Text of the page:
When I read that Piers Morgan was axed from his show I was pleased in part because I could quit making a side career of writing comments aimed at trying to get him fired.  It was becoming an obsession.  At one point, I confess, I remarked about him on virtually every section of The Huffington Post. 

                    When, for example, a company grounded its jet I suggested that rather than let the aircraft sit idly on the tarmac, why not let Morgan, a very busy, important chap, use it.  Or about a Czech political candidate who wore a nose ring, I wondered whether said accessory would enhance Morgan’s rabbit-like face. On virtually any topic– from kitchen utensils to world events– I suggested that Morgan should be consulted because all roads led to Piers Morgan, the self-appointed expert on this and that and nothing.  My absolute disgust was leading to a kind of giddy hysteria to quiet my rage against this insult, The Morgan, to journalism.

                I am not generally a mean-spirited person writing snarky comments.  But I could not contain my loathing for Morgan, not the man whom I do not know, but his manner of interviewing, so self-referential, rude and arrogant.  As a former print journalist, who interviewed hundreds of people– from Truman Capote to Jimmy Hoffa to Golda Meir– I was appalled by how he violated the most basic tool of interviewing: listening well.  Morgan listened mostly to himself; he was always tapping his fingers as if counting the minutes until he could interrupt a guest to have his say.  Or there was his loud, moronic ha, ha,ha,ha drowning out the guest.

                   Too often he asked dumbbell questions: “How many times have you been properly in love?” Or “Whom will you thank if you win the Oscar?” and “If you could relive one moment in your life, what would it be be?”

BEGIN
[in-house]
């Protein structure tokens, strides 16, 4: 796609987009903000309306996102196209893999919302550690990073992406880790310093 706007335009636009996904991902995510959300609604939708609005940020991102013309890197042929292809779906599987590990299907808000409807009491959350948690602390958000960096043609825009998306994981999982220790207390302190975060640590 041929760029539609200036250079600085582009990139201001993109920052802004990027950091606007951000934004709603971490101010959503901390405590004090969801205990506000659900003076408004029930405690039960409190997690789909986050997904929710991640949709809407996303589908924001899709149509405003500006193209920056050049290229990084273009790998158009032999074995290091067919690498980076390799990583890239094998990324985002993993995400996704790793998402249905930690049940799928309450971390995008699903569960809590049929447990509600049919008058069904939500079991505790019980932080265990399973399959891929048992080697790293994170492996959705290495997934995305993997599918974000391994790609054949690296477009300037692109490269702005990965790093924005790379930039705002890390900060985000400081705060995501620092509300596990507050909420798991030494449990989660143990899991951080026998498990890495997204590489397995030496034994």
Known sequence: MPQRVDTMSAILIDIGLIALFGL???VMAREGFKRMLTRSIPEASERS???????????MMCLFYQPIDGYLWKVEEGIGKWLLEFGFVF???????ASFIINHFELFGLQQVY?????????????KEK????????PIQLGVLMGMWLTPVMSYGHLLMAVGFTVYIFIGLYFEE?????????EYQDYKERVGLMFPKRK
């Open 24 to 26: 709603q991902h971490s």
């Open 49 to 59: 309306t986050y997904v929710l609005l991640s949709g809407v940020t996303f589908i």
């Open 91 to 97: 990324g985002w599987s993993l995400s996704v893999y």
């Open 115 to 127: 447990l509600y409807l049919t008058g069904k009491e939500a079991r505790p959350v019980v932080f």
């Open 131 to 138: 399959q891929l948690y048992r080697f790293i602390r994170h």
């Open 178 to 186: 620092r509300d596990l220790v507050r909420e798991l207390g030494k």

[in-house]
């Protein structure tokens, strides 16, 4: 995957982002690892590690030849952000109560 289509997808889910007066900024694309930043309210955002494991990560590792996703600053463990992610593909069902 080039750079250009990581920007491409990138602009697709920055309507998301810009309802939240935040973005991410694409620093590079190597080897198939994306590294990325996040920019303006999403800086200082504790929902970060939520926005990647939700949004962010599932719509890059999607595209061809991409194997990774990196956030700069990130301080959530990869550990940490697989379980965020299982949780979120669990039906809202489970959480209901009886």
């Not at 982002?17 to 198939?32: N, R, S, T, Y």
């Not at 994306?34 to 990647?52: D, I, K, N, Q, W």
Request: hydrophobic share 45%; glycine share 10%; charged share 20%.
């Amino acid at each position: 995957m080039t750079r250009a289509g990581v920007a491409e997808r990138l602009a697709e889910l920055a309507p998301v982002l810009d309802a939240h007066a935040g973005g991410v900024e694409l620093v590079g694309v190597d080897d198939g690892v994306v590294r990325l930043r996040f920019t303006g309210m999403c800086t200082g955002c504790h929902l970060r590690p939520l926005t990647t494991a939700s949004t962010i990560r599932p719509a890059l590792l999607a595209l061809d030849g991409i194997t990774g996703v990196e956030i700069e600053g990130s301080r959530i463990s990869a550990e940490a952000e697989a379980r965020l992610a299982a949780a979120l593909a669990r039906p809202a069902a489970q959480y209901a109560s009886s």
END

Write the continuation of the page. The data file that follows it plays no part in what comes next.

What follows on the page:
His gun control advocacy always struck me as more schtick than serious.  Morgan tweeted about how his Alex Jones interview made the top ten list of youtube videos that week.  As a gun control advocate, I most certainly did not want Morgan as my spokesperson.  Moreover his rants against  the right wing fringe gun lunatics likely galvanized their followers to action.  And, if I heard his Dunblane massacre reference and the number of U.S. versus U.K. gun murders (his only apparent fact) one more time, I thought I might put a gun (which I don’t and wouldn’t ever want to own) to my head.  I never heard one substantive or positive idea from him on gun control.        

                  So many times Morgan, always ready with an opinion, did not know what he was talking about.  One time, while interviewing Cornel West and Tavis Smiley about their anti-poverty campaign he referenced Donald Trump (“The Chinese are eating our lunch”) about the economy.  Didn’t he ever read or hear about the Rev. Martin Luther King’s planned Poor People March in the Sixties?  It was astonishing how uninformed Morgan was about something as fundamental to understanding America as the civil rights movement. 

                   I like the English and I respect his compatriots, Tina Brown, Andrew Sullivan and the late Christopher Hitchens. with their seasoned and educated minds and accents to match.  Morgan’s accent, I suspect, was so grating to Americas because it sounded so phony, like the poseur that he is. 

                   Enough.  Alas, with Piers Morgan’s departure from one of the most coveted interviewing chairs, my little side career is over.




















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